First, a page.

Human rights activist Simon Deng recently visited Washington University in St. Louis, where he spoke to a full auditorium of students about his life story, racial genocide, and his views of the important role Israel has as supporting the human rights of Sudanese refugees. The event was organized by CAMERA Fellow Meytal Chernoff.
Deng, a native of the Shiluk Kingdom in southern Sudan, was abducted at the age of nine by his Arab neighbor, who “gifted” him to his family as a domestic slave. For the next several years, Deng was made to work as a servant, and was a victim of brutal beatings and unbearable work and living conditions.
Deng eventually managed to escape and later emigrated to the United States. He now travels around the country addressing audiences about his experience with the slavery, racism and genocide that still is still prevalent today.
Deng spoke about the relationship between Israel and Southern Sudan, and the fact that those who are oppressed in Southern Sudan view Israel as a friend. He explained why calling Israel racist and a violator human rights was absurd. “To my people, the people who know racism – the answer is that Israel is absolutely not racist,” he said. “It is a state of people of the colors of the rainbow. Jews themselves come in all colors, even black. I met with Ethiopian Jews in Israel. Beautiful black Jews. And Israel is a state that has taken my own black people in, rescued them, and helped them.”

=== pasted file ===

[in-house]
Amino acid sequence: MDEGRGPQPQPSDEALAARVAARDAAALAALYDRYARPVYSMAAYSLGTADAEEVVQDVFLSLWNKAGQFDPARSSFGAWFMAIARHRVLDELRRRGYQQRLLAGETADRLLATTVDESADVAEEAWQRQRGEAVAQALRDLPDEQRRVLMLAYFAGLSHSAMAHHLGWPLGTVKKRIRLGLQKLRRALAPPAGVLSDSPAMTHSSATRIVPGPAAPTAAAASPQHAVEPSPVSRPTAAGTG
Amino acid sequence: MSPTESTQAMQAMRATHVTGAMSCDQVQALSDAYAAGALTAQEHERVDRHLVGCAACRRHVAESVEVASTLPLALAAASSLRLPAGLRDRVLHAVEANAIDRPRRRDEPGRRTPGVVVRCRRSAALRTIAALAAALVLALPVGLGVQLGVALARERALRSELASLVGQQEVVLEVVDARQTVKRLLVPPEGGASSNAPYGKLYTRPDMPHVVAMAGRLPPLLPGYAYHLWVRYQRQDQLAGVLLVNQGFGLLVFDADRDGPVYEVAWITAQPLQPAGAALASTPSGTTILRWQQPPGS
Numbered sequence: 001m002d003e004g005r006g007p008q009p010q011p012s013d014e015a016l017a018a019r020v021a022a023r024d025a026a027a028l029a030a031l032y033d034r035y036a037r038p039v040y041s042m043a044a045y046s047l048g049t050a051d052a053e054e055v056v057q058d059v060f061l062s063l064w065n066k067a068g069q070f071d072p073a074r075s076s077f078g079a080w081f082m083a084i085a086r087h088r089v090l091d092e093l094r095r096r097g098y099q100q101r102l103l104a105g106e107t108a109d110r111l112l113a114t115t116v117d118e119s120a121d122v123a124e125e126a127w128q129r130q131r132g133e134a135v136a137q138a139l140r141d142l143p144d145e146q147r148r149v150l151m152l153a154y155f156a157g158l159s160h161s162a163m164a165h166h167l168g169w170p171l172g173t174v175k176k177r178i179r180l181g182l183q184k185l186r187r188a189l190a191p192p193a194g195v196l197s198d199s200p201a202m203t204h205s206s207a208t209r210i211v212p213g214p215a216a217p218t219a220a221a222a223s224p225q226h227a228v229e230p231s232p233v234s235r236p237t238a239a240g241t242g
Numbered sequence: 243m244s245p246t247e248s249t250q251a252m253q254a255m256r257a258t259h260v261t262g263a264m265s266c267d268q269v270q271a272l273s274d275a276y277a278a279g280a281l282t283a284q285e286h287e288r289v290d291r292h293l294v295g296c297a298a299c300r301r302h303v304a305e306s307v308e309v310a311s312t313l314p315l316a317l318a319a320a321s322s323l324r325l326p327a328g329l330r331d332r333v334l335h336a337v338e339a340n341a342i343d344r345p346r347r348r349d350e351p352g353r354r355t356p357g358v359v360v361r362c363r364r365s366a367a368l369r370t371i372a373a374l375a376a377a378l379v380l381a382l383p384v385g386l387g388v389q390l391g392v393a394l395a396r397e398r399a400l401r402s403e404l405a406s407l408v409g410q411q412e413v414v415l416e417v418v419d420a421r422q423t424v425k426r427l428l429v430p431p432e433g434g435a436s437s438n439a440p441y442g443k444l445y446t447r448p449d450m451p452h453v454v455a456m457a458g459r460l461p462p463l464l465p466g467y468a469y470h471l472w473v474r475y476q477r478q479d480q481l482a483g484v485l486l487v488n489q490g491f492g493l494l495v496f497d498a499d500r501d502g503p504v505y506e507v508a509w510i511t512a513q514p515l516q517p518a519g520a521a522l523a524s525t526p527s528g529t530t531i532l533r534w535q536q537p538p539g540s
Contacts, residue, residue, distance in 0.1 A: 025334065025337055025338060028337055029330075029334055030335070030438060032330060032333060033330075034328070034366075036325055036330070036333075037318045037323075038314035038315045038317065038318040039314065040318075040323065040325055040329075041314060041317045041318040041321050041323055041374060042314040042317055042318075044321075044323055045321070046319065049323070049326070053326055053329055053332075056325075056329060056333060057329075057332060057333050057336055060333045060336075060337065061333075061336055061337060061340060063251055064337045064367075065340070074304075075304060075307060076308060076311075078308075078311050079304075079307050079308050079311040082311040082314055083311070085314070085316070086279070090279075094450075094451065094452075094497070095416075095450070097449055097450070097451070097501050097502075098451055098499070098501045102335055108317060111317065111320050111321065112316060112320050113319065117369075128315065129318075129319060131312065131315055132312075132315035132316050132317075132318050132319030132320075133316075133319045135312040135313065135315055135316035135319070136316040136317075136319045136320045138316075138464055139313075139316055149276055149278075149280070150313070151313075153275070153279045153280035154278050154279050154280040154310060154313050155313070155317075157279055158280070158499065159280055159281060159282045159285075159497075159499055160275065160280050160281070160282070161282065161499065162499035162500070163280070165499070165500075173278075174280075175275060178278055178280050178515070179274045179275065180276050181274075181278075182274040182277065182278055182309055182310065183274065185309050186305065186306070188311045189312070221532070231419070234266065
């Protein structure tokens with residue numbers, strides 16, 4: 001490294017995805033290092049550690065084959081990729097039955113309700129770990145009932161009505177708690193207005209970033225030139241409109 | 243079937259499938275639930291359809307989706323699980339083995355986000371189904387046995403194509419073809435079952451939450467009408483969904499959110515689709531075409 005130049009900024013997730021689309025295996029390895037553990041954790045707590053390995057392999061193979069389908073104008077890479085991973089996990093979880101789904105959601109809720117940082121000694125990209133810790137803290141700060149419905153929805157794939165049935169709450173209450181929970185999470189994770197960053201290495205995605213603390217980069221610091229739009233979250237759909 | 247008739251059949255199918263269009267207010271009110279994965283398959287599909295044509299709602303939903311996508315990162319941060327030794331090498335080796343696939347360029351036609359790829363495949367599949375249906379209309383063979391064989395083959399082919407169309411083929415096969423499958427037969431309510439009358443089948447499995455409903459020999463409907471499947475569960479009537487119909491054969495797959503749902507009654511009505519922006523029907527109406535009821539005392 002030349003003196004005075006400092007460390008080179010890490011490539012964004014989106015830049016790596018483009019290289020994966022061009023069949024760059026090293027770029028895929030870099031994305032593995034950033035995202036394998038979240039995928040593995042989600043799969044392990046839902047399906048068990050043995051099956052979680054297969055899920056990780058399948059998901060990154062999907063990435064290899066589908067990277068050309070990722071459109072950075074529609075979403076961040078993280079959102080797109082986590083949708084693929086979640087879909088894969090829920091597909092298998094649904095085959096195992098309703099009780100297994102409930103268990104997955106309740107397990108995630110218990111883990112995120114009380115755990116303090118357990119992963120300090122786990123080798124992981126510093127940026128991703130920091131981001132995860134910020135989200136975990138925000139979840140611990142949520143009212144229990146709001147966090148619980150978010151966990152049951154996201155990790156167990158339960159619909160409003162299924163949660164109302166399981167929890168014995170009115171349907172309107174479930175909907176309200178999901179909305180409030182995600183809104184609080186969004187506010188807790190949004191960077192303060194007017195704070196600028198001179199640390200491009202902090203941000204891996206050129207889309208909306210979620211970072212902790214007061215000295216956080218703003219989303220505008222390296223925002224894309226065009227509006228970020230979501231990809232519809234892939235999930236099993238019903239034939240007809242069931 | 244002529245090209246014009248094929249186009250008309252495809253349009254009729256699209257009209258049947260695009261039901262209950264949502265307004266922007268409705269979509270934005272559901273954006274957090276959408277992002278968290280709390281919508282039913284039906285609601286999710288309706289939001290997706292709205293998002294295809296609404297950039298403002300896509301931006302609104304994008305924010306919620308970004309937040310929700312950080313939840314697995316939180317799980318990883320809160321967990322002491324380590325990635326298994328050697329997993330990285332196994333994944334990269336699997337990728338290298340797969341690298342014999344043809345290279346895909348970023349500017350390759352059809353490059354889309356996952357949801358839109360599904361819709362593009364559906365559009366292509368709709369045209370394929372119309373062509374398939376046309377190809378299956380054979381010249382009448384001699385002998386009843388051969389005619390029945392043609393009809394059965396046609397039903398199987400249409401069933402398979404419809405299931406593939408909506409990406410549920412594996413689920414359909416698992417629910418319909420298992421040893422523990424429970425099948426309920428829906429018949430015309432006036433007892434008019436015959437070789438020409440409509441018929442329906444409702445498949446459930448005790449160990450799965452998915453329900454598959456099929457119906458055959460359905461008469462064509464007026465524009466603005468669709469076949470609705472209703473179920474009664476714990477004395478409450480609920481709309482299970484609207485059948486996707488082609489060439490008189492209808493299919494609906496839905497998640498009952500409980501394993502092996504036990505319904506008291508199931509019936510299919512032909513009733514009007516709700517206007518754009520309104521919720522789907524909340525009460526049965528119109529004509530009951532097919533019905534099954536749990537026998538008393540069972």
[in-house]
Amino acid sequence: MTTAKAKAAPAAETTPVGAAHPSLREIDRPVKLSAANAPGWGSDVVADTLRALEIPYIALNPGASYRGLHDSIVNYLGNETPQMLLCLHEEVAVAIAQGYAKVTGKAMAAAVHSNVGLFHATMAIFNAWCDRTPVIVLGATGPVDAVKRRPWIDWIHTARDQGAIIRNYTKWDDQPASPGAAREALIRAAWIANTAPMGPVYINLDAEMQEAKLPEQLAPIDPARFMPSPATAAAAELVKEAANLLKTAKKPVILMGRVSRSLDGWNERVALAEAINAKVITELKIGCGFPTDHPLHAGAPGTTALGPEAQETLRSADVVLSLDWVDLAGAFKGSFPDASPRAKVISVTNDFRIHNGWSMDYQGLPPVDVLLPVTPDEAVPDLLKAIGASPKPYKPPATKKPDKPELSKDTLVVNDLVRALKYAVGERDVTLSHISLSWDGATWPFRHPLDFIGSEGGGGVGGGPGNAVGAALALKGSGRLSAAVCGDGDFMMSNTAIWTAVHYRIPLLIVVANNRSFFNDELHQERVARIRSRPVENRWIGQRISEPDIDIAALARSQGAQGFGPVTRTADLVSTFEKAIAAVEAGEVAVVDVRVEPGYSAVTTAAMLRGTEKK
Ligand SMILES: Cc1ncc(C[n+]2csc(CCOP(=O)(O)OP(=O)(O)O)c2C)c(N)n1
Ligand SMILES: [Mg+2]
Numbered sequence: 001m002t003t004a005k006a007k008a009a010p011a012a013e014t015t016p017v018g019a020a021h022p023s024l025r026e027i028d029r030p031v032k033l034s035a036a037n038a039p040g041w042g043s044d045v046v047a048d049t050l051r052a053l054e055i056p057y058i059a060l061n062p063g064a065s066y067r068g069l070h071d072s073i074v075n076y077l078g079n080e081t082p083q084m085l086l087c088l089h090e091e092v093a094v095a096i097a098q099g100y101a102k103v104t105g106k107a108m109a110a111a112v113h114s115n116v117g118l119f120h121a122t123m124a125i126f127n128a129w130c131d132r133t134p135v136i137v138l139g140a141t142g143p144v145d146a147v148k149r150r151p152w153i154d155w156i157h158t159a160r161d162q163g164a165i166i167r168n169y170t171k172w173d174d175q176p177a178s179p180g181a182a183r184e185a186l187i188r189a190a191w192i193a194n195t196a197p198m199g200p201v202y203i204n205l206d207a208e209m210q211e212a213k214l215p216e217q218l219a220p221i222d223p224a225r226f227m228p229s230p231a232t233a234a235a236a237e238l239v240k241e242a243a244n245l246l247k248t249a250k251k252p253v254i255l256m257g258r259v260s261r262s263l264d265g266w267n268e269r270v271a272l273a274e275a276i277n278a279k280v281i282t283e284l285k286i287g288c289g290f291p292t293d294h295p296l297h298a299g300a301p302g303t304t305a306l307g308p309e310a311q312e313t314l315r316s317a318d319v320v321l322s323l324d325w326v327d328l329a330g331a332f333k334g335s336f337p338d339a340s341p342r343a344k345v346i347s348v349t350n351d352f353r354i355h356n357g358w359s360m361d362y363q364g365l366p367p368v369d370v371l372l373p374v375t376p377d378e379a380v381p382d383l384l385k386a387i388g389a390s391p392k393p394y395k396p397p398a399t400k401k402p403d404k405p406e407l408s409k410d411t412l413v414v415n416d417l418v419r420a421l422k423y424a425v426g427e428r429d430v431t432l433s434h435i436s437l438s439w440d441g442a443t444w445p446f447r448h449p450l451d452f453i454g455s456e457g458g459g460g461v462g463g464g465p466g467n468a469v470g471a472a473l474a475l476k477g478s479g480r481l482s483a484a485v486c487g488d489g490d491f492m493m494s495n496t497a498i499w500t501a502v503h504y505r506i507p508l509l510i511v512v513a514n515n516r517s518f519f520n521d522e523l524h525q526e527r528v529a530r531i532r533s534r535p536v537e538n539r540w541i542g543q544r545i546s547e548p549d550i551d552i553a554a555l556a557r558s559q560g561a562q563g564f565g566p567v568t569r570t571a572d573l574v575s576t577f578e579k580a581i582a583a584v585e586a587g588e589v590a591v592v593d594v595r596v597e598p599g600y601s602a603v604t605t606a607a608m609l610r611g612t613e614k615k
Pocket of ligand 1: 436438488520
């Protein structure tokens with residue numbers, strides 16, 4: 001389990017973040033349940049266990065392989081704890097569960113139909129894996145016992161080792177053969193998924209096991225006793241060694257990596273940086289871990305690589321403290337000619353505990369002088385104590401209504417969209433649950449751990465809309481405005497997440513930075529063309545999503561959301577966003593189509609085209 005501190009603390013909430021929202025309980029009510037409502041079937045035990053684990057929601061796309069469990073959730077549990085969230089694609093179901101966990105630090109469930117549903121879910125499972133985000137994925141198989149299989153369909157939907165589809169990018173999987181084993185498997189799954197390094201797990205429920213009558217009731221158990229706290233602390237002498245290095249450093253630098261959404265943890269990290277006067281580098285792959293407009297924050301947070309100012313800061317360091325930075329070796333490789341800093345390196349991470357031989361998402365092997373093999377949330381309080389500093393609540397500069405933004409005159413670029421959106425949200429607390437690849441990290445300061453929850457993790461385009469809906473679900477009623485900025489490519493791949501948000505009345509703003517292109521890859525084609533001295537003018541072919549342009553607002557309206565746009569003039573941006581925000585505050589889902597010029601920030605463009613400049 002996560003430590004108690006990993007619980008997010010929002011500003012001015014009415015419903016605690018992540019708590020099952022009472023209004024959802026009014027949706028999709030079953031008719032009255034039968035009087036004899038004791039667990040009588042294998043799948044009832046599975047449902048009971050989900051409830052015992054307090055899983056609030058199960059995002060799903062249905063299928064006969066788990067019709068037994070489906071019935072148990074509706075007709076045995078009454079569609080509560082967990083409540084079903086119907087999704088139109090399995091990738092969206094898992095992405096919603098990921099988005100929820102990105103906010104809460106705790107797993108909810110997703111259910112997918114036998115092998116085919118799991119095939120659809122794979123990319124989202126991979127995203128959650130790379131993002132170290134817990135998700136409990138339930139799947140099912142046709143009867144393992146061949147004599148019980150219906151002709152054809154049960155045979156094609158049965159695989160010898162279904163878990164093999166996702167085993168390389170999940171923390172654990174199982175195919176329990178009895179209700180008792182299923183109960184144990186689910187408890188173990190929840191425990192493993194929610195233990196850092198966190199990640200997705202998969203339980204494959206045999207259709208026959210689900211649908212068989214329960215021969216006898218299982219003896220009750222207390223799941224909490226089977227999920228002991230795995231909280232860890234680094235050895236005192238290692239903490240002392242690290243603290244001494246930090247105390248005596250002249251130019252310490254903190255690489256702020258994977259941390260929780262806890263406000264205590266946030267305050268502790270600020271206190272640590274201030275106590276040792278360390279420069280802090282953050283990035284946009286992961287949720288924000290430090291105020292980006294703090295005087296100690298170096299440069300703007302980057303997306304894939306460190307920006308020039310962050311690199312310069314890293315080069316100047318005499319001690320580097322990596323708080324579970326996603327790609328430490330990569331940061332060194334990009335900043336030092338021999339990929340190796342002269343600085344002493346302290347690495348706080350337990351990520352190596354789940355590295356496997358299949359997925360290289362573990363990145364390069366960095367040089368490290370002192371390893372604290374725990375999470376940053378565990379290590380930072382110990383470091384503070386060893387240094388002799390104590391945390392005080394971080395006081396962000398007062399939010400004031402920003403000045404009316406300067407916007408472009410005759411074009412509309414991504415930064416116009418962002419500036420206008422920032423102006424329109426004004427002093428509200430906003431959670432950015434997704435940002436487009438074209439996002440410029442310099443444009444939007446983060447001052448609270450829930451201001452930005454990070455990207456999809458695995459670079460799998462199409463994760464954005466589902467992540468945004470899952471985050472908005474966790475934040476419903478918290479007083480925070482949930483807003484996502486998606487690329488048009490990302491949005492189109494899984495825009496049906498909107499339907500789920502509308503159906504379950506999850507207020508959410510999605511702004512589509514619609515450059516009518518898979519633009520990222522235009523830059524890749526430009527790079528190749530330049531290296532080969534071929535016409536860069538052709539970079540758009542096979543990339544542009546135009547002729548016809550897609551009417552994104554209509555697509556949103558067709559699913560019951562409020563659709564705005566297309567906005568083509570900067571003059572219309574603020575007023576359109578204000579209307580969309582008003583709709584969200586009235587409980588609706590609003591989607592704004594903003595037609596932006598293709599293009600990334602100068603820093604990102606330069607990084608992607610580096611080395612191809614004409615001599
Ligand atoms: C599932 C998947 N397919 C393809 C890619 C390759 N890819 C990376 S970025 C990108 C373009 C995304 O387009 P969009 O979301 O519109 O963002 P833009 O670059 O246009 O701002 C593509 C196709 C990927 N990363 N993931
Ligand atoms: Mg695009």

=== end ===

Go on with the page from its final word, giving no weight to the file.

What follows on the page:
Students at the event asked questions about the current protests for additional refugee rights and Israel’s refusal to absorb some refugee populations. Deng responded that even when refugees have entered Israel illegally, they’re still allowed to protest against the government, whereas in Arab nations, the protesters would’ve been killed. He also added that even the illegal immigrants are granted human rights in Israel. Simon informed the audience that the Sudanese government actually prohibits its citizens from traveling or having a relationship with Israel. The refugees who have illegally entered Israel might have bought into this anti-Israel rhetoric, in which case Israel has the right to defend itself by treating the refugees with some degree of suspicion.
It was notable that this event attracted a much broader range of people than a typical Israel event. Members from the African Students Association, The Political Review, College Democrats, J-Street, and students not at all interested in politics showed up. The event dismantled claims that Israel is a violator of human rights, and the audience was truly were engaged by Simon’s story and his defense of Israel.
Contributed by CAMERA intern Nikki Teperman.